Monday, April 16, 2012

Santa Cruz and Año Nuevo State Reserve

Santa Cruz
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I was on the pier well before 7am, accompanied by a fair bit of fog, though luckily visibility was pretty much unhindered.


My first sighting were some dark birds in the waters further up the pier. Scoters I thought, but I could make out white wing patches; quite large ones. Black Guillemot was the first thought to cross my mind, but of course here it wouldn't be Black; it would be Pigeon. And that they were. Pigeon Guillemots are winter visitors, so I imagine I was quite lucky to catch them all in total breeding plumage (in winter they are dusky and grey). They were very delightful little birds. I was surprised to learn that the musical whistling filtering the air nearby was actually coming from these birds. Sea birds are not typically so well versed in lyrics.

I assume it was some form of courtship that these two birds were performing but it remains unknown.


Don't know about the Guillemots but the Gulls certainly had spring fever.

I also heard a loon calling somewhere off in the distance, which was undoubtedly a Red-throated. This is only the second time I have heard a loon's mystical cry, the first time being the vagrant Pacific Loon convoy I encountered in Alberta. But I still had yet to hear the stereotypical Loon's cry, which while similar is quite different from the other two.

Sure in a few minutes up popped a Red-throated Loon. I almost thought it was in breeding plumage which would be very spectacular, but it only had little traces of red on its neck. It was in mid moult, probably only days away from its full splendour.


Probable hybrid Clark's x Western. Bright orange bill yet a dull upper mandible and black feathers only just over the eye which is in the middle of the two extremities.

The pier seemed to be a favourite haunt of many California Sea Lions. I could hear them for a while, but at first I assumed it was speakers. The sound was actually coming from underneath the pier. 


Breeding plumage Brown Pelican.
And another Pigeon Guillemot was right next to the pier, though it dove before I could get any good shots.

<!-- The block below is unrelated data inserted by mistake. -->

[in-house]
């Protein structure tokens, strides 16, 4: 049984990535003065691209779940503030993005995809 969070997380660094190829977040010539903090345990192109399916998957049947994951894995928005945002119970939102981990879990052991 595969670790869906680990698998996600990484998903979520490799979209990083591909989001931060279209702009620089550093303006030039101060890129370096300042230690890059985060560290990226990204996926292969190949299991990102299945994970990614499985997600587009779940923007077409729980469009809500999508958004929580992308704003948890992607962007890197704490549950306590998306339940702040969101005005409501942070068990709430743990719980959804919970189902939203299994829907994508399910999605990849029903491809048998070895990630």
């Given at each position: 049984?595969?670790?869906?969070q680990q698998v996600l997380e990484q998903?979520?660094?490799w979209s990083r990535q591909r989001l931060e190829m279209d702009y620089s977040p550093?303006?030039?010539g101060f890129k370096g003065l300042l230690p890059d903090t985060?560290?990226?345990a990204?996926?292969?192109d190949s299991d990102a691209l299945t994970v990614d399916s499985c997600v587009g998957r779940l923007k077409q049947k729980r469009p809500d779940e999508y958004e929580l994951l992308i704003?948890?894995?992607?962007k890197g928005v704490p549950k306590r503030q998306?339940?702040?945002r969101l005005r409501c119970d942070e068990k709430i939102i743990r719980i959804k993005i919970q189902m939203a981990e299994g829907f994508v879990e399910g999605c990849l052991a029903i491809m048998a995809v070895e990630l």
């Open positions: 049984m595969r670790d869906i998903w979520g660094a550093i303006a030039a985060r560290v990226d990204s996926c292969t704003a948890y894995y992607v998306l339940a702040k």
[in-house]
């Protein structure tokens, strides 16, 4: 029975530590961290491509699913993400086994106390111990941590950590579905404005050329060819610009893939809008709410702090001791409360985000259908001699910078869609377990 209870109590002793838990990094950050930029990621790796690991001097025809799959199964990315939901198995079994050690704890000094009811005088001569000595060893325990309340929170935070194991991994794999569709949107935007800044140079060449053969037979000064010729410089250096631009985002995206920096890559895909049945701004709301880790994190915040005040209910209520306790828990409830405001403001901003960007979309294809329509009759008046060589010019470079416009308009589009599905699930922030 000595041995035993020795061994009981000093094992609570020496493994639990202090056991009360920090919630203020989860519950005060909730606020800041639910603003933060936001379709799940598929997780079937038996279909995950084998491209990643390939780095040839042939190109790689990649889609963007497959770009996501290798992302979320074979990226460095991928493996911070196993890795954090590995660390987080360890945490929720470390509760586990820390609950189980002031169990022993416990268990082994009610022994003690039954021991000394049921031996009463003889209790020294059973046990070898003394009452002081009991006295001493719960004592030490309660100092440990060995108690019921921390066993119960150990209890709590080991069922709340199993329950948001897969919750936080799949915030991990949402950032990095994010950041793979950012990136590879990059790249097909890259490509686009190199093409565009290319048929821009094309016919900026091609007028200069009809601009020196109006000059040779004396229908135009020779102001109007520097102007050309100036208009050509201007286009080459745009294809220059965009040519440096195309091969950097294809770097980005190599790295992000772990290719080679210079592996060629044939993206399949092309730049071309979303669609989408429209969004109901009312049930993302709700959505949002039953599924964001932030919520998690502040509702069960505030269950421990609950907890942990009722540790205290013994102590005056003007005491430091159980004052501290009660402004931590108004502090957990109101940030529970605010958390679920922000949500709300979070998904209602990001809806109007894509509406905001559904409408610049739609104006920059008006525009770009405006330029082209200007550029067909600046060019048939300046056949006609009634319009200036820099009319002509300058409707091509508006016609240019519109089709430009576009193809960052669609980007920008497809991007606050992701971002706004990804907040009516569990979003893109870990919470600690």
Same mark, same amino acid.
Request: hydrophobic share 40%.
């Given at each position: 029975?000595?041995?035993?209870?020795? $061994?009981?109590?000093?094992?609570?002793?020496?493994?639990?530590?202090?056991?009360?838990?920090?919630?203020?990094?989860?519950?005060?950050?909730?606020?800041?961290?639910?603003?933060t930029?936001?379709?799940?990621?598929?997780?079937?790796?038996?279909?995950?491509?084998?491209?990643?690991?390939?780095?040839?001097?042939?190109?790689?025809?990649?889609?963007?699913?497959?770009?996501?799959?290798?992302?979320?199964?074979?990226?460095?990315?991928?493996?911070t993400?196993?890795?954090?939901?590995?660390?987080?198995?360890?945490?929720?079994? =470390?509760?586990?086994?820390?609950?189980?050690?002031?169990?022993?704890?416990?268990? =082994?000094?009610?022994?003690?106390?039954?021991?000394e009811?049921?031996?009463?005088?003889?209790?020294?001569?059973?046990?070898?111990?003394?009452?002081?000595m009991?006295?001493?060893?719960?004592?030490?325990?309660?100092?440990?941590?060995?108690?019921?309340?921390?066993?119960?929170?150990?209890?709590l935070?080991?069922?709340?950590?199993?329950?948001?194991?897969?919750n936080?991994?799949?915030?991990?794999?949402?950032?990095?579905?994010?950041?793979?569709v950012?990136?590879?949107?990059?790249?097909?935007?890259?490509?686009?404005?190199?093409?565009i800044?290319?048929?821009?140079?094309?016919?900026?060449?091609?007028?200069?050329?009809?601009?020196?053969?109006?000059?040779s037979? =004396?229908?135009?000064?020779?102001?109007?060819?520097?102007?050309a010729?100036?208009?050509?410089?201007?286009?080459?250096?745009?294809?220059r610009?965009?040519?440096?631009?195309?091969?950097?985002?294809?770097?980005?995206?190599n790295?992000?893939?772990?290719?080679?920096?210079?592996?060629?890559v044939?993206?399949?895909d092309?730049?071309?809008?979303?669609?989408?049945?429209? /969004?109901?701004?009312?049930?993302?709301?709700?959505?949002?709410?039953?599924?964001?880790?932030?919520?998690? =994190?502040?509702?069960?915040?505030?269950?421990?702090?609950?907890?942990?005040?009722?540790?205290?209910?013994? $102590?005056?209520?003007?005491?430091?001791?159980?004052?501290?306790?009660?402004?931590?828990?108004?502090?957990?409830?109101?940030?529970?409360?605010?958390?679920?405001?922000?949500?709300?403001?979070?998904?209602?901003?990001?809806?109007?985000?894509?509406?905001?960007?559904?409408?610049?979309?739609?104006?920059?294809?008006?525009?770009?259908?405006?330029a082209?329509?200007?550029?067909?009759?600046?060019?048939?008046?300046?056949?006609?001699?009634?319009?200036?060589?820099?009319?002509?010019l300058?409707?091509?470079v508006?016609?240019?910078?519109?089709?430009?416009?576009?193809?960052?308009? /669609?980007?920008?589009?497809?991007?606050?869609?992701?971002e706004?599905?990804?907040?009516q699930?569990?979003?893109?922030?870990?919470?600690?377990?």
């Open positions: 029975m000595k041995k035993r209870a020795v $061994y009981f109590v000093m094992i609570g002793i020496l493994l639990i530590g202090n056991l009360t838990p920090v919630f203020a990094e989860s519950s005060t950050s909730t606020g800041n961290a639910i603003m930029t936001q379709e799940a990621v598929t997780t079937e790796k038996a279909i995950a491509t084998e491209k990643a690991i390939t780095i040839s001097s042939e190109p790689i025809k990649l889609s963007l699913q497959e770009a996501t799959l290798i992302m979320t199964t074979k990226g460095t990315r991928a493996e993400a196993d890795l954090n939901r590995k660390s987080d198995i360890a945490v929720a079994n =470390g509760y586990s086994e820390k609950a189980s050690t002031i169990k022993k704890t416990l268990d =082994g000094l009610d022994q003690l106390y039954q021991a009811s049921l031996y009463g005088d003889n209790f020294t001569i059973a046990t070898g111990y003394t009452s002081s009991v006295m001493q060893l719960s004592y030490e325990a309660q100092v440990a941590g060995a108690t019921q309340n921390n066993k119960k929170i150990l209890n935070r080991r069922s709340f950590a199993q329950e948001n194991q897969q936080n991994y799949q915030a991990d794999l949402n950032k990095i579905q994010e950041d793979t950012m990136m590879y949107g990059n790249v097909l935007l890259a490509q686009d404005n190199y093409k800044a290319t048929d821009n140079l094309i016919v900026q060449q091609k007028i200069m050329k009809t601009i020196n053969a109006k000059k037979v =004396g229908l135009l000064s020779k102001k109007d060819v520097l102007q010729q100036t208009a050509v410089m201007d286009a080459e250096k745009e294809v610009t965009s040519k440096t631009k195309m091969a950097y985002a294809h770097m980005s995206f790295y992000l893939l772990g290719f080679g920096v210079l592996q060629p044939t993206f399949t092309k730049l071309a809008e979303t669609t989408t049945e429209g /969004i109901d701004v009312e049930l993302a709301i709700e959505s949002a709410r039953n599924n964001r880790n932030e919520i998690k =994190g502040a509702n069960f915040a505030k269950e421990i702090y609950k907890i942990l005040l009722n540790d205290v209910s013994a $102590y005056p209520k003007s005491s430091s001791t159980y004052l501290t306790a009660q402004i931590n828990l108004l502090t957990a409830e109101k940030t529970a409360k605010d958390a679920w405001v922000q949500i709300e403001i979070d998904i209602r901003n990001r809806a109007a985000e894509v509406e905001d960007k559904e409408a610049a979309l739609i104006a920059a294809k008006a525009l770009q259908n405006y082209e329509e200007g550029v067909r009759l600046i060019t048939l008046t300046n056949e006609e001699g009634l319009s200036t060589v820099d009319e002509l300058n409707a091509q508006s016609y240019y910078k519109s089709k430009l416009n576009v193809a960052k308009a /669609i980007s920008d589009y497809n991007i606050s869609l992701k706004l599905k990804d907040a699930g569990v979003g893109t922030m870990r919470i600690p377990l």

This gull attracted my attention, yet the dark tips to the wings seem to point to an Olympic Gull.

I have no idea what gull this is:

Pigeon Guillemots again, this time tapping eachothers' bills.

What really caught my eye was this Clark's Grebe, this time even closer than before. The difference between the Western was so obvious I was able to I.D. it with the naked eye.

This bird was closer than any Western I've seen, and considering less than 5% of Westerns are Clark's I think that means I was pretty fortunate.
What was also fortunate was this breeding plumaged Pelagic Cormorant. My only previous sighting of this bird was only a speck in the distance.
 Now that I know breeding Pelagics look like the above, I really don't know what this bird below is. I figured the threads were a breeding plumage thing like the Double-crested, but that isn't the case. So what is this here?

To finish my time in Santa Cruz I finally decided to investigate some chickadee-like sounds in some trees nearby. I had been hearing it for a while but never had the time to check. The reason I was interested was because I was purely hearing "chickadee" calls and not any other calls, which alone rules out the chance of a sly Titmouse. There was only one chickadee around this area which I had not seen yet. Sure enough I had found some Chestnut-backed Chickadees.

The pictures were not great but this one shows the namesake chestnut back.


There was a male Myrtle Warbler in the area too, which I was led to by its distinctive chipping calls, which are similar but noticeably different to that of the Audubon's.

I will cover Año Nuevo State Reserve in the next post.

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